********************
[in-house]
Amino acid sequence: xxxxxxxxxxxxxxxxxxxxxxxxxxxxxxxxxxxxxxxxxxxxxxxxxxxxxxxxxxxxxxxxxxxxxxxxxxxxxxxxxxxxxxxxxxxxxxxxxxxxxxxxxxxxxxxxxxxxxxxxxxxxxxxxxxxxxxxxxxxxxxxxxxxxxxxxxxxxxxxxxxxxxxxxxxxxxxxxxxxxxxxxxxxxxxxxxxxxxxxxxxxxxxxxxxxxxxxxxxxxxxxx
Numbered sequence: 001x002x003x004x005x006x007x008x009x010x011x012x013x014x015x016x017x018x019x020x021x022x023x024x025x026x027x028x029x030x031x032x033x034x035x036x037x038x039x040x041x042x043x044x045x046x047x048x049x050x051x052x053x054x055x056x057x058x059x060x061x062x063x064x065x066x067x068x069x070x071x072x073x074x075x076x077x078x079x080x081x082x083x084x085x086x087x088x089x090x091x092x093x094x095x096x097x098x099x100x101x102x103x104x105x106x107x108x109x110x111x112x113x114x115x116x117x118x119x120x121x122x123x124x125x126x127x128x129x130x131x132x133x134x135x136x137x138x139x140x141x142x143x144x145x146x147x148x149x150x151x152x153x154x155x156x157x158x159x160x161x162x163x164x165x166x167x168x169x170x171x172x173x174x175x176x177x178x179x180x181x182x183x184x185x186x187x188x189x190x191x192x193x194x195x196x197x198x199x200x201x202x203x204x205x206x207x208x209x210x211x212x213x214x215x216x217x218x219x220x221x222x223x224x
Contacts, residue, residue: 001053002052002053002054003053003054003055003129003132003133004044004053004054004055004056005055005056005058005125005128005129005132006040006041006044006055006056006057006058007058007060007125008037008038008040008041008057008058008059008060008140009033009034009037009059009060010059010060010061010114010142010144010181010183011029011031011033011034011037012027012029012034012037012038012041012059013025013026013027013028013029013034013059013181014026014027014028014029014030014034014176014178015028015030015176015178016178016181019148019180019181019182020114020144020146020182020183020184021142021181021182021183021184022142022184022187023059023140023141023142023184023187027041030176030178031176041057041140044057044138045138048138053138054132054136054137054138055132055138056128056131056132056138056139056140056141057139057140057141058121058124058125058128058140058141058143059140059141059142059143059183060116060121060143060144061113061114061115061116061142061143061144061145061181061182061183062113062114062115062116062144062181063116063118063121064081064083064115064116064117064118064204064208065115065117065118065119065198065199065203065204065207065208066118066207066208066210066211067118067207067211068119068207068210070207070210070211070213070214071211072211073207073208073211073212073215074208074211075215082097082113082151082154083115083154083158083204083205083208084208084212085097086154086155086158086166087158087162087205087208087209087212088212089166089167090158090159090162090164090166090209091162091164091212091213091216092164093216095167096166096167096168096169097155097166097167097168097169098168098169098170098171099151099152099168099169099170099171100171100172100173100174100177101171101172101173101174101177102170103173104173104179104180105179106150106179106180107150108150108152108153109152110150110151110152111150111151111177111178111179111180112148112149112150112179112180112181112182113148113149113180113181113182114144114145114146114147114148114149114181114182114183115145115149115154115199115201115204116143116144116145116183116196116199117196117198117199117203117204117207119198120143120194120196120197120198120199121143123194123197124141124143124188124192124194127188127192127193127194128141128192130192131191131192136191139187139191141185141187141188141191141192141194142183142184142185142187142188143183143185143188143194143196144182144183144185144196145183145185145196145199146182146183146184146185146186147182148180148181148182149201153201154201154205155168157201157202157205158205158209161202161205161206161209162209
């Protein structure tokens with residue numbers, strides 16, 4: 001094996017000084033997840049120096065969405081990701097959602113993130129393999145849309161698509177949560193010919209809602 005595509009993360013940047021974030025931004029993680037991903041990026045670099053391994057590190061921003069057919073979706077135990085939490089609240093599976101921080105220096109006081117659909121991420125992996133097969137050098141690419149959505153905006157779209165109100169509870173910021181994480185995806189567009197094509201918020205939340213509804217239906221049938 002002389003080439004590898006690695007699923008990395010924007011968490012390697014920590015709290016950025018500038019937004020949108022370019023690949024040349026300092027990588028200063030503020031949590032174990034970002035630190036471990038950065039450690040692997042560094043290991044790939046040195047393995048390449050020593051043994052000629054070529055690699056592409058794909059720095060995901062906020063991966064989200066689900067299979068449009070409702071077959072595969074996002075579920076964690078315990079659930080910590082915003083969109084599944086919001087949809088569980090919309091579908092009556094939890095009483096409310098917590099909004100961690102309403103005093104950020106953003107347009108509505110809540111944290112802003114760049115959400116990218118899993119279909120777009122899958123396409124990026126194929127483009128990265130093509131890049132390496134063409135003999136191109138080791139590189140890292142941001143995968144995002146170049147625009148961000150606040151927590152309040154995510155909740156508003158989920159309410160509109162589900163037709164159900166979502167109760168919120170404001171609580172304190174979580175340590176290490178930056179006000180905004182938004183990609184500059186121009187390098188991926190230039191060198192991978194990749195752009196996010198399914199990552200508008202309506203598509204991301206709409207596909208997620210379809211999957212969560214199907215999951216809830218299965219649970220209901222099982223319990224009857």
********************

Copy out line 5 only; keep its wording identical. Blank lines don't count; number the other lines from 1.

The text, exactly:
């Protein structure tokens with residue numbers, strides 16, 4: 001094996017000084033997840049120096065969405081990701097959602113993130129393999145849309161698509177949560193010919209809602 005595509009993360013940047021974030025931004029993680037991903041990026045670099053391994057590190061921003069057919073979706077135990085939490089609240093599976101921080105220096109006081117659909121991420125992996133097969137050098141690419149959505153905006157779209165109100169509870173910021181994480185995806189567009197094509201918020205939340213509804217239906221049938 002002389003080439004590898006690695007699923008990395010924007011968490012390697014920590015709290016950025018500038019937004020949108022370019023690949024040349026300092027990588028200063030503020031949590032174990034970002035630190036471990038950065039450690040692997042560094043290991044790939046040195047393995048390449050020593051043994052000629054070529055690699056592409058794909059720095060995901062906020063991966064989200066689900067299979068449009070409702071077959072595969074996002075579920076964690078315990079659930080910590082915003083969109084599944086919001087949809088569980090919309091579908092009556094939890095009483096409310098917590099909004100961690102309403103005093104950020106953003107347009108509505110809540111944290112802003114760049115959400116990218118899993119279909120777009122899958123396409124990026126194929127483009128990265130093509131890049132390496134063409135003999136191109138080791139590189140890292142941001143995968144995002146170049147625009148961000150606040151927590152309040154995510155909740156508003158989920159309410160509109162589900163037709164159900166979502167109760168919120170404001171609580172304190174979580175340590176290490178930056179006000180905004182938004183990609184500059186121009187390098188991926190230039191060198192991978194990749195752009196996010198399914199990552200508008202309506203598509204991301206709409207596909208997620210379809211999957212969560214199907215999951216809830218299965219649970220209901222099982223319990224009857």